Delineating The Role Of Women In Euripides' Medea

1339 words - 5 pages

Charlotte Bronte once said, “Women are supposed to be very calm generally, but women feel just as men feel. They need exercise for their faculties, and a field for their efforts as much as their brothers do. They suffer from too rigid a restraint, too absolute a stagnation, precisely as men would suffer; and it is narrow minded in their more privileged fellow creatures to say that they ought to confine themselves to making puddings and knitting stockings, to playing on the piano and embroidering bags”. In the play Medea, Euripides diverged from the traditional role of Greek women through Medea’s characteristics and response to her plight. In delineating the role of women, Medea was unlike any other Greek character. Medea was portrayed as capable and resilient woman who would refuse to back down no matter the obstacles. Nevertheless, women in the Greek culture had very few rights. Housework and bearing children were their main obligations. They were basically no better than slaves. In the ancient Greek society, Medea would not fit well among fellow Greek women. Her role as a woman in the play was downtrodden. However, her determination and courage caused people to fear her. She was a woman who turned her back on her family and killed her own brother in order to help her husband.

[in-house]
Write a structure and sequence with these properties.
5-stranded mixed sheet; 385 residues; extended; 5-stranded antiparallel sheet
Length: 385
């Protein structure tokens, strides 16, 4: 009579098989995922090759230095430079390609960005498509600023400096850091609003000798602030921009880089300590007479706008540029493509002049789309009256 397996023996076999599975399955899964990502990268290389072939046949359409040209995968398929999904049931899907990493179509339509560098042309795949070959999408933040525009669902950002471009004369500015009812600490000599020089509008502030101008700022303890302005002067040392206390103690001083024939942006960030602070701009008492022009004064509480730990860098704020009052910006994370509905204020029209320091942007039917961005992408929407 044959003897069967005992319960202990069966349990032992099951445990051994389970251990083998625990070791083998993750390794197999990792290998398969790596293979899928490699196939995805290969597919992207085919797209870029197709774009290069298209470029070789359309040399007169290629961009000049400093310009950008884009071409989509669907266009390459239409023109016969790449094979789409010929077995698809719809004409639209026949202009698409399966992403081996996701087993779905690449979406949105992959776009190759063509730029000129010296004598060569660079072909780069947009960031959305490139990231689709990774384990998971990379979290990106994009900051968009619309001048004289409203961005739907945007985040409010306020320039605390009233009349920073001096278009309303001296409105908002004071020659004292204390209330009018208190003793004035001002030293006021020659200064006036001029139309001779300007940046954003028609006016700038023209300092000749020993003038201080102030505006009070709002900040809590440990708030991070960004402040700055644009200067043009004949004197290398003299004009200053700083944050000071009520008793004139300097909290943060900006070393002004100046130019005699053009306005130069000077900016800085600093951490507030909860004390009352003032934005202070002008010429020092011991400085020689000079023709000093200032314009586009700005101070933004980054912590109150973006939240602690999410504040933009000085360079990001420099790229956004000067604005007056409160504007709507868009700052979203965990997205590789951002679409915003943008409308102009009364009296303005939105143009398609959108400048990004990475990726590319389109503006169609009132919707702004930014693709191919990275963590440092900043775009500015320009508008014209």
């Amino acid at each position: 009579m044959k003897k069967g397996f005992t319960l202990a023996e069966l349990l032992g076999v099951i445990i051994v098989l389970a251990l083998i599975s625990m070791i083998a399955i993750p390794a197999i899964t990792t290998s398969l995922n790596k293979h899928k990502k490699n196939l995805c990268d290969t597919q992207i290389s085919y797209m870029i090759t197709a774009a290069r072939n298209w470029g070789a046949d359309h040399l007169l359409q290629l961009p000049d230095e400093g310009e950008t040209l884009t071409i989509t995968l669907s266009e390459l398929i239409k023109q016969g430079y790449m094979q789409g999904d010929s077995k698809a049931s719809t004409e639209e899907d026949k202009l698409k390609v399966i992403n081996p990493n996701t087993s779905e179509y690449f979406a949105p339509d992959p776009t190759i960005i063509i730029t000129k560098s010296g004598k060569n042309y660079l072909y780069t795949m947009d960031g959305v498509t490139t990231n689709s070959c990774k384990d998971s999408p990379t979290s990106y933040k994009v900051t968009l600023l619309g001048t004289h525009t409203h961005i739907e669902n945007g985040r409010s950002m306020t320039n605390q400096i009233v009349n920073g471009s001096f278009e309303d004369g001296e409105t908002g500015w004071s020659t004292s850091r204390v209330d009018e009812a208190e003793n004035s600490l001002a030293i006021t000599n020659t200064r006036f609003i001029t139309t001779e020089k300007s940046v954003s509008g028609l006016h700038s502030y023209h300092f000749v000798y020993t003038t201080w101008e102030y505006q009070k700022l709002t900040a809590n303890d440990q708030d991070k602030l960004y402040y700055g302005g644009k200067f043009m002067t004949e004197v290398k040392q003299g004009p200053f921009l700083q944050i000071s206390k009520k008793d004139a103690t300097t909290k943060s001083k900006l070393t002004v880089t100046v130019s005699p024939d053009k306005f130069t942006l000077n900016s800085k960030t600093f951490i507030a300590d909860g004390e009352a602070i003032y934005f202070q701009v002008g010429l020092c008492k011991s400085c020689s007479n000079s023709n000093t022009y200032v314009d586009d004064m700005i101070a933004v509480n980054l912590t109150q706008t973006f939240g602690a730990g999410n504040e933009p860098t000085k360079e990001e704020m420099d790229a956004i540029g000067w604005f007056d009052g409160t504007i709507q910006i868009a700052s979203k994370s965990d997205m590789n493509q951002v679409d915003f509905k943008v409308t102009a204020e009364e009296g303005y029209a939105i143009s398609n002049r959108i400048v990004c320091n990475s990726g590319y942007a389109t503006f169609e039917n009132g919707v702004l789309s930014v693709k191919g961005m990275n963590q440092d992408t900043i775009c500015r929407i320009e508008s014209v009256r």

Medea had a mind of her own. Since she came from an exotic land, she did not have the same rights as the other citizen in Corinth. As a foreigner, she had trouble adapting and accepting the role of a Corinthian woman. “Then my mistress Medea would never have sailed to the towers of the land of Iolkos, her heart unhinged in her love for Jason, and would not now be living with her husband and children in this land of Corinth, gladdening the citizens to whose country she has come in her exile, a woman totally in accord with Jason himself”, Medea’s nurse said.(page 1,line 10). She left her homeland to fulfill her fate and duty as a wife to Jason. As the play progressed, the audience would realize how Medea tried to model herself into the superlative Greek wife. One of the functions’s as a woman was to bear children. Medea accomplished that by giving birth to two children for Jason. As the play slowly unraveled, it plainly displayed that she was faithful towards her husband, but being an ideal Greek wife was not her factual nature. She was independent and her qualities made her different from the Corinth women. In the opening sequence, the nurse introduced Medea as a frightening woman when someone wronged her. “Her temperaments are dangerous and will not tolerate bad treatment. For she is fearsome. No one who joins in conflict with her will celebrate an easy victory”, the nurse presented (page 2, line). From this, the reader can envision how ordinary other Greek women were. How they didn’t have a mind of their own and were defenseless towards those shabby treatments from men. These women were submissive and didn’t have any control over their lives. However, the...

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